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BY: Joy Pullman | Heartland Institute

Senate staffers told Education Week a pending reauthorization of No Child Left Behind could include an end to the federal mandate that all students take math and reading tests every year.

Let’s quickly review who would be for and against such a provision.

For: teachers unions, school administrators, other establishment types embedded in the existing system, and lovers of federalism.

Against: civil rights groups, reformey groups on the political Right and Left, data mongers, and the Republican establishment.

That’s not a hard and fast list, but an educated guess based on post-NCLB history. It also indicates the unfortunate unlikelihood that easing back on federal testing mandates will become law, as the folks with the most power within the current ruling class weigh in for annual testing mandates.

Of course, if the feds eased their mandate, states could create their own. In other words, we don’t need a federal mandate for annual tests to remain national policy. The possibilities here are typically lost on establishment types, who prefer to legislate at the federal level because it’s harder to go state-by-state, and because they believe in uniformity and compliance over freedom and diversity.

Another consideration is that annual testing is a hard-won status quo for the Right, who properly insisted that if we must have government-run education, at least parents and the public should be able to see its results. The problem with that argument is that this slight increase in transparency has not meant genuine accountability. We can now know for certain which schools fail to teach even a tenth of their students to read, but that doesn’t mean such schools ever close or improve. So while the right-wing establishment pretends testing equals accountability, the results of this policy prove them wrong.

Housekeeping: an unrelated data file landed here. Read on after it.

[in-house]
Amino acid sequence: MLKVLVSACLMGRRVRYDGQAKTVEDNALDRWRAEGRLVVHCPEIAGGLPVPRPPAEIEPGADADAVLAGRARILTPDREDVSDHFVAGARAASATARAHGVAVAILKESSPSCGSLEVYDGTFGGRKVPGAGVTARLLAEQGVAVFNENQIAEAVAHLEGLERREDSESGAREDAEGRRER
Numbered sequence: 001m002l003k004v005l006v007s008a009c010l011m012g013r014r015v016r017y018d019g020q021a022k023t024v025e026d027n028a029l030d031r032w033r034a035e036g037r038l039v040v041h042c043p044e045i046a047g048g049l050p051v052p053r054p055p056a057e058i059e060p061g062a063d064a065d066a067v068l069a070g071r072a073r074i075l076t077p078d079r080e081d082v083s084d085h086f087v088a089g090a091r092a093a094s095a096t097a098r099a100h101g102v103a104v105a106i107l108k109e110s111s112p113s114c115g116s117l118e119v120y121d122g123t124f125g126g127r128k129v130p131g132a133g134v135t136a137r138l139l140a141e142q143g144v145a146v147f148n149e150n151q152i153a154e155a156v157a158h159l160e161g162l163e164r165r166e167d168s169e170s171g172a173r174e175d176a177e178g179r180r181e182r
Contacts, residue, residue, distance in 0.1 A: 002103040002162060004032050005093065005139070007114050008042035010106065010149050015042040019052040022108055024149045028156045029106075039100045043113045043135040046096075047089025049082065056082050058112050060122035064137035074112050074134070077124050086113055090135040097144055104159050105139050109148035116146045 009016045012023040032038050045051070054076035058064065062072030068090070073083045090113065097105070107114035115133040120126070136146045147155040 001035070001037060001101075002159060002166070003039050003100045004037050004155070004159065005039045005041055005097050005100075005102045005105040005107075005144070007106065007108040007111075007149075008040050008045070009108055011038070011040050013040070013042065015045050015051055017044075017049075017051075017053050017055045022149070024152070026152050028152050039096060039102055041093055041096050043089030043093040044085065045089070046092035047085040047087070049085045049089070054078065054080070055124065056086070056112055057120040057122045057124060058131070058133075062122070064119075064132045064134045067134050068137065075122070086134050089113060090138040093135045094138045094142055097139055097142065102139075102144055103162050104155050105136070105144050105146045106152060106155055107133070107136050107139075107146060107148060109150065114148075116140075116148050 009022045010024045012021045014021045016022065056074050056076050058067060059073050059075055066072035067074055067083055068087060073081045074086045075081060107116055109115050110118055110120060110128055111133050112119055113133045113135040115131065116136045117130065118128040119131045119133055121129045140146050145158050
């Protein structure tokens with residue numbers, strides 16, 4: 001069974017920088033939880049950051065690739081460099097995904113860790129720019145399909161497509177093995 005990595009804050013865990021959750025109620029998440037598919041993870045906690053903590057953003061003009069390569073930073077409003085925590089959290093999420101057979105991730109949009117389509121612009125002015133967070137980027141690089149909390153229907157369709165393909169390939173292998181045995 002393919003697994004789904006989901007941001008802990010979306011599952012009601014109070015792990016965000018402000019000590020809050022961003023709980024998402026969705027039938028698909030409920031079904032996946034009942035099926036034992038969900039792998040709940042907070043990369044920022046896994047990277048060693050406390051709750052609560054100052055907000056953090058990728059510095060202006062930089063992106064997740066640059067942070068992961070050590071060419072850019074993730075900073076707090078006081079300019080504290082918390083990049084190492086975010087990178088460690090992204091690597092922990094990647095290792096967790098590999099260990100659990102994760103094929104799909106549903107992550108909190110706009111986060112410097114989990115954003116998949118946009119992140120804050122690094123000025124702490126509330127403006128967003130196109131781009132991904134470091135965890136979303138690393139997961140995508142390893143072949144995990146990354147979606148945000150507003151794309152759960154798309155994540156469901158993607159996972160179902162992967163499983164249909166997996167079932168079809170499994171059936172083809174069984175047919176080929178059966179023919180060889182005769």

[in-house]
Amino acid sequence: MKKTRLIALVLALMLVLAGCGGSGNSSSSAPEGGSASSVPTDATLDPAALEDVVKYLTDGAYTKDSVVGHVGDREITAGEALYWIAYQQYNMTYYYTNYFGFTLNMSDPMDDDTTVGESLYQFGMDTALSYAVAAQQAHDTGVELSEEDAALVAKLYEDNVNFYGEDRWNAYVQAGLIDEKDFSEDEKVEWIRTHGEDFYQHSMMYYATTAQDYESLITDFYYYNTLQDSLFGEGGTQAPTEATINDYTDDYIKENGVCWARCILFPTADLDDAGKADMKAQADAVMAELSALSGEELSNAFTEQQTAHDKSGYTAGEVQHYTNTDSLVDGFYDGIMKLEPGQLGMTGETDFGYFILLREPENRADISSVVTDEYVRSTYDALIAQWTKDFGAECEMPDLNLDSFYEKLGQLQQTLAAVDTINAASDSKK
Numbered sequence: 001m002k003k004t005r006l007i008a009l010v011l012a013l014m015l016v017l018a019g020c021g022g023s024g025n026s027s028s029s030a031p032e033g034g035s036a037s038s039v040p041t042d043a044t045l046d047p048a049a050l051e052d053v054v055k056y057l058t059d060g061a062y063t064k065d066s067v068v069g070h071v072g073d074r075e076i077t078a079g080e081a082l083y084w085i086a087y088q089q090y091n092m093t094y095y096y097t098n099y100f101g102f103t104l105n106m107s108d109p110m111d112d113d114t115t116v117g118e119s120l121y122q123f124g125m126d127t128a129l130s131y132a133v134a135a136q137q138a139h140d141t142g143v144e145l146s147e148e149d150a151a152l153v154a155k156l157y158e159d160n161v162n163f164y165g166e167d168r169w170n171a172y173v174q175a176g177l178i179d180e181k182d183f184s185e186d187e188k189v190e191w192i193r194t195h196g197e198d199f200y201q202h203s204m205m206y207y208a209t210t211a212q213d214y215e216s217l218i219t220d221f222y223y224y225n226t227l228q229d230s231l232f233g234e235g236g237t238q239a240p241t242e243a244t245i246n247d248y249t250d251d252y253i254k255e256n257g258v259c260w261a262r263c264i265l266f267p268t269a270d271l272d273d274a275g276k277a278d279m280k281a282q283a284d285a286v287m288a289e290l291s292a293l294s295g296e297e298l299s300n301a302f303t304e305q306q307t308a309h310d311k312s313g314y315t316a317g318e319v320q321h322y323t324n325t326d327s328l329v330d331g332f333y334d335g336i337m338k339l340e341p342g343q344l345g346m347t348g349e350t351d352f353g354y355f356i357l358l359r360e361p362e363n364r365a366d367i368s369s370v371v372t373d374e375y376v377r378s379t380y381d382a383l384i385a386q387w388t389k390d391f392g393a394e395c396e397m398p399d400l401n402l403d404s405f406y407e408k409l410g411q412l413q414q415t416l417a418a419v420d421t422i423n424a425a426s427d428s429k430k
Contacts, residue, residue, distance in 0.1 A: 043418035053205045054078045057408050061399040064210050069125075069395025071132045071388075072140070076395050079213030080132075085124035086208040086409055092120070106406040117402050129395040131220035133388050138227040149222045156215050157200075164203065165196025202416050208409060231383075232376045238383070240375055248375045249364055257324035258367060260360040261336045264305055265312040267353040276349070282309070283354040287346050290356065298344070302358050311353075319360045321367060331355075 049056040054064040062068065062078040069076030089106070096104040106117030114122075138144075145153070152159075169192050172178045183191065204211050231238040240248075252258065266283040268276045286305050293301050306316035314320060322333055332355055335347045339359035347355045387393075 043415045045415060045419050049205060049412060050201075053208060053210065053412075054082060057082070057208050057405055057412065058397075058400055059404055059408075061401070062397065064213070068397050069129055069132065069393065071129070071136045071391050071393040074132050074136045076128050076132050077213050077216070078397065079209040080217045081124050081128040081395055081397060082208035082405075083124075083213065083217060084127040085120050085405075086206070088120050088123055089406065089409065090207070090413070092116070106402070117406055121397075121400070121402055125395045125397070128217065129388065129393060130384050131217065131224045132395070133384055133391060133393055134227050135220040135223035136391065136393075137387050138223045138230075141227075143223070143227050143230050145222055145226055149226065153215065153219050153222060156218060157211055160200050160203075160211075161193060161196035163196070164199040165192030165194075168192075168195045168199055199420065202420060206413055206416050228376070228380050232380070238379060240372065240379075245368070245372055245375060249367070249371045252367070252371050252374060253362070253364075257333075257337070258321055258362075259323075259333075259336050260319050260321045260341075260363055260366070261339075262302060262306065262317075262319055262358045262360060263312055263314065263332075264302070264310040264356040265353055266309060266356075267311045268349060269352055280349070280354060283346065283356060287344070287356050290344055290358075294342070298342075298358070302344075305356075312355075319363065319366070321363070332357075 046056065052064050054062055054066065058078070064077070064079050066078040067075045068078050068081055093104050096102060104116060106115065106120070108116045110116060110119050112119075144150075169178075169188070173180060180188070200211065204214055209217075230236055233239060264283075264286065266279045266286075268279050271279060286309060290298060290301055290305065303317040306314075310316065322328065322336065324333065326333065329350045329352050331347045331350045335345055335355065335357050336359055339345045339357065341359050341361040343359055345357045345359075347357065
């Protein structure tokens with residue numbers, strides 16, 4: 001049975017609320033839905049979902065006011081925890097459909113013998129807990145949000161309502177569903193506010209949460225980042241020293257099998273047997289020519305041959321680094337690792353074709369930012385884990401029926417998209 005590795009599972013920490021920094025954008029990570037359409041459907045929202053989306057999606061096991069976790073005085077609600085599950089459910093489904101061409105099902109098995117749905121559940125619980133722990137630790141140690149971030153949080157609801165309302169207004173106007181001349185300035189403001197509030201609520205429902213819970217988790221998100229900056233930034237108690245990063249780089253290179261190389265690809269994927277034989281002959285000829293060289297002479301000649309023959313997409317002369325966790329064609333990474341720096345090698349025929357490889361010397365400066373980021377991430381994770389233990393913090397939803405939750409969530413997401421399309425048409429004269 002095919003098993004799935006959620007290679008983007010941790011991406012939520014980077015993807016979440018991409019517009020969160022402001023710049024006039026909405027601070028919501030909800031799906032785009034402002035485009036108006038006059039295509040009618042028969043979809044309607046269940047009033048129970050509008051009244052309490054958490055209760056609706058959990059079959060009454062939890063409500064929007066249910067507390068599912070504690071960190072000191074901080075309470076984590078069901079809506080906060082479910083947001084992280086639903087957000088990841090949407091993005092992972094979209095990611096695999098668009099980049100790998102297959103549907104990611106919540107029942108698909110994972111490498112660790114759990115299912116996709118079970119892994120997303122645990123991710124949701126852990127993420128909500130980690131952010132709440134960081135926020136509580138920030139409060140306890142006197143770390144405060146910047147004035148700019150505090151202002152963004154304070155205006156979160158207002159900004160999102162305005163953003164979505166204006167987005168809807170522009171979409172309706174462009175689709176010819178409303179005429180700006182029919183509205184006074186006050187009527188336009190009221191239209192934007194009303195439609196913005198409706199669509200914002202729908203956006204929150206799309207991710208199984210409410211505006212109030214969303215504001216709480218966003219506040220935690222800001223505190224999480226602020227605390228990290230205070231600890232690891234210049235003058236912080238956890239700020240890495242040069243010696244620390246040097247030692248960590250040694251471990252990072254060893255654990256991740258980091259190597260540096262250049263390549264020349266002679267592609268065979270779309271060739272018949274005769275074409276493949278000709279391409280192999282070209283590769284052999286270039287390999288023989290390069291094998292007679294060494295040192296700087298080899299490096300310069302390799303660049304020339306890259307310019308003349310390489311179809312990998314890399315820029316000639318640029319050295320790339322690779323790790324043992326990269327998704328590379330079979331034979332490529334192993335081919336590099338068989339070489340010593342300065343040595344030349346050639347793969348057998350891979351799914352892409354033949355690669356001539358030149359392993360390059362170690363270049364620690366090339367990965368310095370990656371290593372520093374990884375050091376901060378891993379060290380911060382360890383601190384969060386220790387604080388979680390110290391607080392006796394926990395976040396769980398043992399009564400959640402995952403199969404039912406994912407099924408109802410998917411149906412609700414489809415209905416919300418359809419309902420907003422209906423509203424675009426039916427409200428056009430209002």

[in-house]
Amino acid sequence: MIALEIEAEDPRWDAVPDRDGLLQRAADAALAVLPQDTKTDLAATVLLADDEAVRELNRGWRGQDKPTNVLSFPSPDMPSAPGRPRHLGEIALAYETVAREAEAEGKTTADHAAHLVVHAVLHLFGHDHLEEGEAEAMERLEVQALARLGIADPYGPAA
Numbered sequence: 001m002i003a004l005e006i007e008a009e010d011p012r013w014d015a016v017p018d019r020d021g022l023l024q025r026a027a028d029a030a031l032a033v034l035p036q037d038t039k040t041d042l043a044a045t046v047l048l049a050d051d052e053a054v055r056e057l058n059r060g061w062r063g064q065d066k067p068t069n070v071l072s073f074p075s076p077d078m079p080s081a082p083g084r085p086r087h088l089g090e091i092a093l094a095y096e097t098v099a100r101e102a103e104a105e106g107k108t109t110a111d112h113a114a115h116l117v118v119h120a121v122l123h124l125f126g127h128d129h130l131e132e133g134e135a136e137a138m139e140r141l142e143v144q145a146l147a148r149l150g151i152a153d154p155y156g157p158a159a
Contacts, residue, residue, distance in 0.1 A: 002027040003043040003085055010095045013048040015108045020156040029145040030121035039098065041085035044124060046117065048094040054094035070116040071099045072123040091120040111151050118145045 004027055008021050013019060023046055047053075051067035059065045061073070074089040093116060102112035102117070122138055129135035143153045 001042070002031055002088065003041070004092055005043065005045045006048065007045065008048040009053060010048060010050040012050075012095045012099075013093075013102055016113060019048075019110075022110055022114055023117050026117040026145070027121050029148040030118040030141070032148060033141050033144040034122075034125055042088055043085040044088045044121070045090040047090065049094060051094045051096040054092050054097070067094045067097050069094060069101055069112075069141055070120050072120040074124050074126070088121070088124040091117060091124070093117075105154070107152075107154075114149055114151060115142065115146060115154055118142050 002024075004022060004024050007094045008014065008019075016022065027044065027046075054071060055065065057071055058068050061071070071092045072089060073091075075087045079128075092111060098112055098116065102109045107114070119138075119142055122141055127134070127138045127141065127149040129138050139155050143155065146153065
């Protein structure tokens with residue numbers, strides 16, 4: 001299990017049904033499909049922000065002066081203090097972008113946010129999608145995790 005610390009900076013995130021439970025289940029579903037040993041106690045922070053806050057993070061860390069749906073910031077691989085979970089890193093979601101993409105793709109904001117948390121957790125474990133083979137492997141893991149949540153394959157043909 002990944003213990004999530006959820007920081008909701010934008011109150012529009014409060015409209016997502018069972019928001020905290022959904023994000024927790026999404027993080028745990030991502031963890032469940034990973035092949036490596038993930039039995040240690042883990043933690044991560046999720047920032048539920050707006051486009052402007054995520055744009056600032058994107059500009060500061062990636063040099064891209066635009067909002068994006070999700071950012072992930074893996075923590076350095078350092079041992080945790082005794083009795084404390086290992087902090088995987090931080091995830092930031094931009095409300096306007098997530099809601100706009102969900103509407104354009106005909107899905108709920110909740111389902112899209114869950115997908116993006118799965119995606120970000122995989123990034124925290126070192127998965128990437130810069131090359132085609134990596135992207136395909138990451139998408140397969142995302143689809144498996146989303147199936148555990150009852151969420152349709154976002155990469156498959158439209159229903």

Perhaps the best argument against federal testing mandates is that there is no authority for federal involvement with education, period. It is simply not legal for the national government to tell states what to do with their schools. Not only that, federal bossypants behavior has not benefitted children. So there really is no point, except to supply and inflate the salaries and egos of the already-upper-income meddlers determining education policy.

It’s time for people to stop using good intentions as their sole justification for federal involvement with education. Ending the federal testing mandate would be a good start.

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